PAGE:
The historic town of Marshall, nestled between rocky cliffs and the scenic French Broad River, celebrates its colorful past while passionately embracing the contemporary. Main Street, lined with original buildings including our century-old courthouse, is home to artists’ studios, galleries, music and dance venues, and eclectic shops.
The Town of Marshall
The town of Marshall’s history was defined by the French Broad River. The Main Street has the river on one side and a cliff on the other. Transportation routes along the river and the subsequent railroad created a booming economy for the town in the past. The courthouse demonstrates the town’s importance as county seat and the historic Allen House sits amidst historic businesses, both exhibiting architectural beauty. The mix of the government and the eclectic art studios creates a unique atmosphere for the town. Across the bridge, Blannahassett Island provides a peaceful setting for picnics and recreational activities.
The Madison County Courthouse was built in 1907 and designed by Richard Sharp Smith (head architect for the Biltmore Estate in Asheville, NC). The two story Neo-Classical Revival brick structure sits in the heart of Marshall with an unobstructed view of the French Broad River.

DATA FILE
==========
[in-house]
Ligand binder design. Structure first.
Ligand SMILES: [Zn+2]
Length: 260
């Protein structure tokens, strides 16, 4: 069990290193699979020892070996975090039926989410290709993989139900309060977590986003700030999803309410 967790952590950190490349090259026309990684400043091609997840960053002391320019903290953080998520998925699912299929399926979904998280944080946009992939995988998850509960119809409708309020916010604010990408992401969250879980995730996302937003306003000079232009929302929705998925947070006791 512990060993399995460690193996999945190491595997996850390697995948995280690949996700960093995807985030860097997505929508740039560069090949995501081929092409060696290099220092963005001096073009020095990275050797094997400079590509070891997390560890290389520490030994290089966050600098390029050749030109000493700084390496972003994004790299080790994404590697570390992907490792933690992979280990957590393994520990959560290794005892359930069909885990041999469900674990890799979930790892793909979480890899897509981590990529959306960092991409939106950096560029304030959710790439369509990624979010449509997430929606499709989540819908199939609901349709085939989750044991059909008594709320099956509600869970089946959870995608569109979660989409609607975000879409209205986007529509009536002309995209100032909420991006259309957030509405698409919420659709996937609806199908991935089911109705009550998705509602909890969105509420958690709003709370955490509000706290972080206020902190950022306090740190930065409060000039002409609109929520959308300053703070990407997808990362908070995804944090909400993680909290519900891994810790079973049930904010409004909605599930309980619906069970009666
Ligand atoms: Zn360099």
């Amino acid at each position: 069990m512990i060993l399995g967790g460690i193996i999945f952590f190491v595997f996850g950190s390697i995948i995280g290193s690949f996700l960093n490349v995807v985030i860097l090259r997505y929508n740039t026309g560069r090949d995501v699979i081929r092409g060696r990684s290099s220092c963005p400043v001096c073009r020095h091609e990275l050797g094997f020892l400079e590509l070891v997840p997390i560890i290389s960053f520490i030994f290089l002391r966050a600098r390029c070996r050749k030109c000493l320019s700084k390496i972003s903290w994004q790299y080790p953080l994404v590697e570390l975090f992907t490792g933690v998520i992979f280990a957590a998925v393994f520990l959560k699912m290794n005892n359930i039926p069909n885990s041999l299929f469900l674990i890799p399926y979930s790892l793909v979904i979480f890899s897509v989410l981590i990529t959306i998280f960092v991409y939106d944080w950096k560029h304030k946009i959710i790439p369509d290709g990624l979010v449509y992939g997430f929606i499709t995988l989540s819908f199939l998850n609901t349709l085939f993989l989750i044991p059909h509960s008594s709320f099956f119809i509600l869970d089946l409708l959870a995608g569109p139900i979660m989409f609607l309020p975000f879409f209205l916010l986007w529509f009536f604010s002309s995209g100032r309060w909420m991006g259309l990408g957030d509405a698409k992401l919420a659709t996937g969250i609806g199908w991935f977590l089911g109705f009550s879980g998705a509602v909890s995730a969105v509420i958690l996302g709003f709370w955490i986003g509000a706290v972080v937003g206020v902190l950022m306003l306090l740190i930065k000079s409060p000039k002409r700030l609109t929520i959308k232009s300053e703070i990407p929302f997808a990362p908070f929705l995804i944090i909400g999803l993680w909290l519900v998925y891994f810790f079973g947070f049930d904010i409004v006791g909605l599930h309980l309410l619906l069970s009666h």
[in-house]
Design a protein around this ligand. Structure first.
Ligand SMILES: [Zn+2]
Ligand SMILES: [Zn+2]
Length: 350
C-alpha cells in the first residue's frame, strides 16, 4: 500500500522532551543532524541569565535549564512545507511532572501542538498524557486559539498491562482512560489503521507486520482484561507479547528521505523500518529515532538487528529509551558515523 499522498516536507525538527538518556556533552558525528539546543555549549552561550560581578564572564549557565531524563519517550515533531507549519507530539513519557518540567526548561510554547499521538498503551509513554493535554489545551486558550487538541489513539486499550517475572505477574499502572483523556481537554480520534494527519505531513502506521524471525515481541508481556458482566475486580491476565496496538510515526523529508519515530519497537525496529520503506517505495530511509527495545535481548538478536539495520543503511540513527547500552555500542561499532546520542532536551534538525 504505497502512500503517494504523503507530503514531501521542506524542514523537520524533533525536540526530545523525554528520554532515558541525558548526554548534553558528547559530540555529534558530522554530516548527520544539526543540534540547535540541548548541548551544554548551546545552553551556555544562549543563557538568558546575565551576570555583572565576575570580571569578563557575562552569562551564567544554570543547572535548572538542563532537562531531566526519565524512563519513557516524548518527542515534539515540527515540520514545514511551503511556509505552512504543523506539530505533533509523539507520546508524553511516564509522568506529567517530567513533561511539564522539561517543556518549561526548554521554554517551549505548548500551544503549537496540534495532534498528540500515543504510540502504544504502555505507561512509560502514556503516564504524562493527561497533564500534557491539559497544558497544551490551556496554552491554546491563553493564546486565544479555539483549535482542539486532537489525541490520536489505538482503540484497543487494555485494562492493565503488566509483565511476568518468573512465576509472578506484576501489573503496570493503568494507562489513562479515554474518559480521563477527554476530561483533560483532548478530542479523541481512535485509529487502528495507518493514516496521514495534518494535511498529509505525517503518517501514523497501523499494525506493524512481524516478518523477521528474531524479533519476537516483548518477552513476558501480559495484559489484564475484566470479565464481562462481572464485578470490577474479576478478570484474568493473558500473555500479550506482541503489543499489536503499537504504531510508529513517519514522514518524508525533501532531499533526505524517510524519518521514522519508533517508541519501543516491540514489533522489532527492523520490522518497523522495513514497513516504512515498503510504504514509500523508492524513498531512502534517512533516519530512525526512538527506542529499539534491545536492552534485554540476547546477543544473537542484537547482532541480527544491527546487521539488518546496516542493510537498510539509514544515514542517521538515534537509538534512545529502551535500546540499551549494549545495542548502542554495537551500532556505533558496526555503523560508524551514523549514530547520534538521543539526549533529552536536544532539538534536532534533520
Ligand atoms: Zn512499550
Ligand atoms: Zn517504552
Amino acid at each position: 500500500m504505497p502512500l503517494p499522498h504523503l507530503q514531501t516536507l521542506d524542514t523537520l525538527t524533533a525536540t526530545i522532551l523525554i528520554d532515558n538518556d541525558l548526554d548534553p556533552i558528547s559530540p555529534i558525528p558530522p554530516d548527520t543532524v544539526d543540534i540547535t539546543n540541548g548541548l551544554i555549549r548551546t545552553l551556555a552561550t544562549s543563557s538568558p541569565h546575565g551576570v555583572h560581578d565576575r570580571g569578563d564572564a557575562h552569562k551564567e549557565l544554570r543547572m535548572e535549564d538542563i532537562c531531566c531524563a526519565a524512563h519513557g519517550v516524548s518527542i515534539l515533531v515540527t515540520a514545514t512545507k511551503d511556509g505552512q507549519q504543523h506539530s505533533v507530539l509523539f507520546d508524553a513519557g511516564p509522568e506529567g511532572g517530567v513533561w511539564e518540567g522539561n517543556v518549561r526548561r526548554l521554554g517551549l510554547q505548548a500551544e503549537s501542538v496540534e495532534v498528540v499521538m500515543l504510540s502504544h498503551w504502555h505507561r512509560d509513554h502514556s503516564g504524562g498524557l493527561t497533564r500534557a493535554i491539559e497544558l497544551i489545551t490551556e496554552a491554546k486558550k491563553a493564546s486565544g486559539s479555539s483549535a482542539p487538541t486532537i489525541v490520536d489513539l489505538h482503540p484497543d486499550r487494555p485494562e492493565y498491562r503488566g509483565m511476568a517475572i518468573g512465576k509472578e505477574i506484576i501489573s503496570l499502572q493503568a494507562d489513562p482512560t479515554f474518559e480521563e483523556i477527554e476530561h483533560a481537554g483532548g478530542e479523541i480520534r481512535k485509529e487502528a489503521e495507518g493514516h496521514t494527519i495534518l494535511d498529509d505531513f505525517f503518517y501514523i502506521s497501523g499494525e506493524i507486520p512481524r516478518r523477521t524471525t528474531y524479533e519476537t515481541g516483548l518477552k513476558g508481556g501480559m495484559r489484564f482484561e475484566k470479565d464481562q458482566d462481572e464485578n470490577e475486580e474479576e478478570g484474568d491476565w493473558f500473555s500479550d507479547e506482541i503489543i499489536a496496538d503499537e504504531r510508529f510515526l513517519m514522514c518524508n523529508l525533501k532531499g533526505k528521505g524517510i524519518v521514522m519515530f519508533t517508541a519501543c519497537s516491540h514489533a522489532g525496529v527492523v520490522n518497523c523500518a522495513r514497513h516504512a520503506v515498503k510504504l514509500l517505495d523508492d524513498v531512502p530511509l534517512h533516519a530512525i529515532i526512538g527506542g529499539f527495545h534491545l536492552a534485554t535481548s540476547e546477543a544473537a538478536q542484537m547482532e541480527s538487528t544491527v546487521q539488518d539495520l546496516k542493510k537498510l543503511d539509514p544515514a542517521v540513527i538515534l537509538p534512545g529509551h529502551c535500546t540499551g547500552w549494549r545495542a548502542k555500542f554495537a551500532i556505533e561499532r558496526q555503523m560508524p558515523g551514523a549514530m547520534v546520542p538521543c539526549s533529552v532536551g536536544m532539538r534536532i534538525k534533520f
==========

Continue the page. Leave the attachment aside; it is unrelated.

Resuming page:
The oldest building on Main Street, constructed in 1849, the Colonel Lawrence M. Allen House played an important part in the Civil War. A marker in front of the house (part of the Civil War Trails) tells the story. The house itself is a typical “I-house” which was a common form throughout Western North Carolina from the early 1800s into the 1900s.
Marshall has a unique geographic location situated in a ravine on the French Broad River with just Main Street and the railroad running between the river and the steep cliff on the blocks of the historic downtown.
Three of the town of Marshall’s historic markers are placed in front of the historic County Courthouse on Main Street in downtown Marshall. Two share a “road” theme as one commemorates the Dixie Highway from the early part of the 20th century; the other commemorates the Buncombe Turnpike (or Drover’s Trail as it is sometime called) from the 19th century.